The large swings in temperature may not be so welcome to tomato lovers (80s in the sunlight, 40s in the moonlight), recognizing that our tomatoes have reached their peak season and are now on the decline. However, broccoli lovers will welcome the cooler weather that brings in our new crop of large broccoli heads. We'll also be offering a variety of winter squash, some with thin skins to be eaten soon, and others you could display on your counter top for a few months if you so desire, before creating a delicious creamy butternut soup to delight your December-chilled nose. Potatoes are joining the ranks on our distribution tables, surfacing like buried treasures out of the soil – purple, red, and golden jewels.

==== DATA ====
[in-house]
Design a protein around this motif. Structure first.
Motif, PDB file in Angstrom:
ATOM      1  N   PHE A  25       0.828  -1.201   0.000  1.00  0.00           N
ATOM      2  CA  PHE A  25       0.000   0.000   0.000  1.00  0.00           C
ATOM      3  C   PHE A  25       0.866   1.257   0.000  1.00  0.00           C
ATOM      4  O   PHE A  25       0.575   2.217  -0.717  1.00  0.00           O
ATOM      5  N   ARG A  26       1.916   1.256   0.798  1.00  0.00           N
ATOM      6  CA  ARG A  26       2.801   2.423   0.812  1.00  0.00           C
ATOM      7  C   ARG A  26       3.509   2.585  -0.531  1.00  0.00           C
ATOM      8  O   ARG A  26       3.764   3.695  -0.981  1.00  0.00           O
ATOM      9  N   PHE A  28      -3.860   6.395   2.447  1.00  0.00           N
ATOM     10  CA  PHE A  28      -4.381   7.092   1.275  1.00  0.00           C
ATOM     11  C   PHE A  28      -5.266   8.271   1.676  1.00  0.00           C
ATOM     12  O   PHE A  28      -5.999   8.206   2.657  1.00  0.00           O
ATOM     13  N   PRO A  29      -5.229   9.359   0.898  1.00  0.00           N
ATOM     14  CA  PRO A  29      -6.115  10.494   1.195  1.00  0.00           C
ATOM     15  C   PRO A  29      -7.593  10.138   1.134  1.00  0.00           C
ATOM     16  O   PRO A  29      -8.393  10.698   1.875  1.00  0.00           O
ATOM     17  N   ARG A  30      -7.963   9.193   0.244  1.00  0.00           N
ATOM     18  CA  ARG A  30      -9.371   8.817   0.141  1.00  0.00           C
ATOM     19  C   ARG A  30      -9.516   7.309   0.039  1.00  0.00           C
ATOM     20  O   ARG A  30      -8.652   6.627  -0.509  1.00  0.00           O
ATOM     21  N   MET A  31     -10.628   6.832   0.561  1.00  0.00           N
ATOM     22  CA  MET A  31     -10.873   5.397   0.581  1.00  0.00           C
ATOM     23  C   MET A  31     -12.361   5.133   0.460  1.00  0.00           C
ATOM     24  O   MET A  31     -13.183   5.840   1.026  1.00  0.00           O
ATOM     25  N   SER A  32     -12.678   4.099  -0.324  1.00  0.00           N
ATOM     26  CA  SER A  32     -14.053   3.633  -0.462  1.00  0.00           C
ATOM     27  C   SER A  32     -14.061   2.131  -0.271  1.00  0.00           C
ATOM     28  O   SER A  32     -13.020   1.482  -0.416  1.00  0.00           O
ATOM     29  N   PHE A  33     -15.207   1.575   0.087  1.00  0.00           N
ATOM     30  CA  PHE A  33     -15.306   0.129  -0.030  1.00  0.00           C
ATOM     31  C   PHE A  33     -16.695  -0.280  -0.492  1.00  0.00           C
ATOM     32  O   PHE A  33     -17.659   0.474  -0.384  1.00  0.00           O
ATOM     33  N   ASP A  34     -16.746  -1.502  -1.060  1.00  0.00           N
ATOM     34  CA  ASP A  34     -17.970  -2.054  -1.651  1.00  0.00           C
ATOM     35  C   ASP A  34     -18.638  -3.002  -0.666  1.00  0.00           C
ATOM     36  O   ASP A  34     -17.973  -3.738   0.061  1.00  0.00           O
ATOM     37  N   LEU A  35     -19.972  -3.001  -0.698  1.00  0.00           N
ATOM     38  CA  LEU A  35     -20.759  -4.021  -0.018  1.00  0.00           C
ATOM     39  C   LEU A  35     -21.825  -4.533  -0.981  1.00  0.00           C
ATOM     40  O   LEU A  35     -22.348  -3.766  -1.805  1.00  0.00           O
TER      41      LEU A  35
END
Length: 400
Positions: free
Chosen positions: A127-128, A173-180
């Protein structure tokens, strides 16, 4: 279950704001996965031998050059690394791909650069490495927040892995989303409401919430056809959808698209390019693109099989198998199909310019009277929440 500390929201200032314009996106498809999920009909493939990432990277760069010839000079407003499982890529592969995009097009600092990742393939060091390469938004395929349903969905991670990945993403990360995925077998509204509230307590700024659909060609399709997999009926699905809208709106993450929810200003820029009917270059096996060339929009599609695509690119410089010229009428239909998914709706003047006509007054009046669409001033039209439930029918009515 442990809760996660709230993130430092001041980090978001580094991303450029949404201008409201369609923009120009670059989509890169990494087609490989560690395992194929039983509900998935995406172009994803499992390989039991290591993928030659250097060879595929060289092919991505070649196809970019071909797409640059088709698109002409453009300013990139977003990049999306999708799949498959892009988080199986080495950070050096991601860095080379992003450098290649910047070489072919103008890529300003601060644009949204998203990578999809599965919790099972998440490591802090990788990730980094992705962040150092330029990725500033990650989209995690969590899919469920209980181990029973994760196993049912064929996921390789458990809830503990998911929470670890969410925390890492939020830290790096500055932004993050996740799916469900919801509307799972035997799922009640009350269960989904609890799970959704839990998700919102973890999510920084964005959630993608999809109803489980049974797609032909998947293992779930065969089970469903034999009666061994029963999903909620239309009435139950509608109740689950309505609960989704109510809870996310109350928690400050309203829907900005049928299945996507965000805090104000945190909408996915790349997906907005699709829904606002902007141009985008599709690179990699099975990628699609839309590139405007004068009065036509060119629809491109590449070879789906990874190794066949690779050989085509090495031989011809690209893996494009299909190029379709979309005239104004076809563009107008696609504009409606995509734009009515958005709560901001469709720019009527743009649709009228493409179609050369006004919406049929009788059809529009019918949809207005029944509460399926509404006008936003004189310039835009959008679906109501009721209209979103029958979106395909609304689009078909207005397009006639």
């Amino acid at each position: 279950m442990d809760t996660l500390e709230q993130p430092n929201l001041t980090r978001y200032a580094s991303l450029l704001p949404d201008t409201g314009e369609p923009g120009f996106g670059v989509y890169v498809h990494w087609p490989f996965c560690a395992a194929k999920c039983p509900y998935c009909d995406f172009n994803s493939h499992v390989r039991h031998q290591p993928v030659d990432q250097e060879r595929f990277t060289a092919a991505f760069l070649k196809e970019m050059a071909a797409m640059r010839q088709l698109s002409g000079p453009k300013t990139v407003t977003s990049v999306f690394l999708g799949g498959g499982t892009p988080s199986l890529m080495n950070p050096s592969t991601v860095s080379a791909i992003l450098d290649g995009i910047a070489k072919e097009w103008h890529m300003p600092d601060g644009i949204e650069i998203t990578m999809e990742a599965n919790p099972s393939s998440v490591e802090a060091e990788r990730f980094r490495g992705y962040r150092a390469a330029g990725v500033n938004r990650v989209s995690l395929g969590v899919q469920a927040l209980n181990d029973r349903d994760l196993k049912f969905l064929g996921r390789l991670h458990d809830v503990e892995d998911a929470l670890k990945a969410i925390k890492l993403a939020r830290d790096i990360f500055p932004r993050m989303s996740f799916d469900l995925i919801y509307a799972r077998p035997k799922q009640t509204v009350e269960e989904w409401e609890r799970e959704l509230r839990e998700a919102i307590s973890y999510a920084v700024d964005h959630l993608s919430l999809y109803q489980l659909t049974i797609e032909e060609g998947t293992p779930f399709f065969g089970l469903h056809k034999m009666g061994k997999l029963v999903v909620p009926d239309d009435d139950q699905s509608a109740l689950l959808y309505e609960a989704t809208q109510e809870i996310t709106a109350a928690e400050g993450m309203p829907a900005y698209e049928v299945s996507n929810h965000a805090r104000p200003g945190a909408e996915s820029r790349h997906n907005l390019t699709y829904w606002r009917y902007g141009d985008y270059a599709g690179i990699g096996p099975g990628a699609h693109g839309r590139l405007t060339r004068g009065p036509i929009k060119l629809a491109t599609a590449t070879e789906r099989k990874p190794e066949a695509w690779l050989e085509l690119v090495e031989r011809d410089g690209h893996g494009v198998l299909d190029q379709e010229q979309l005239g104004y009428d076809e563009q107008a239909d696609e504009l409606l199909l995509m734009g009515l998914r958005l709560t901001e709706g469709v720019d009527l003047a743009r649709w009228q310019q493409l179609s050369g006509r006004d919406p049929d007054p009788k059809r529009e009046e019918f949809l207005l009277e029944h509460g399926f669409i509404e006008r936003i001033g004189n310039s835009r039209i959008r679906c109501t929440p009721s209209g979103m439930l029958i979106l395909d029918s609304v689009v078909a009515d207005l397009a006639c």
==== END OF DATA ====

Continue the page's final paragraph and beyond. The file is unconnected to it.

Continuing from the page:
Beyond the usual weeding, thinning, transplanting and seeding, we are staying busy with projects meant to keep us warm, cozy, and well-fed throughout the winter, in an ideal set-up to start off next season just right. There is still the kitchen to finish, and a root cellar to create (perhaps dug out of the side of a hill?) in which we'll store seed potatoes and storage roots, and we are finally looking to level the floor of the greenhouse. There are plans to build a cob bench, with a small firebox, that will double as a germination chamber and greenhouse heater come late February (to help get all those onion seedlings started), and tillage of the fields up on top of the back hill to complete so that all is ready for next season's early crops.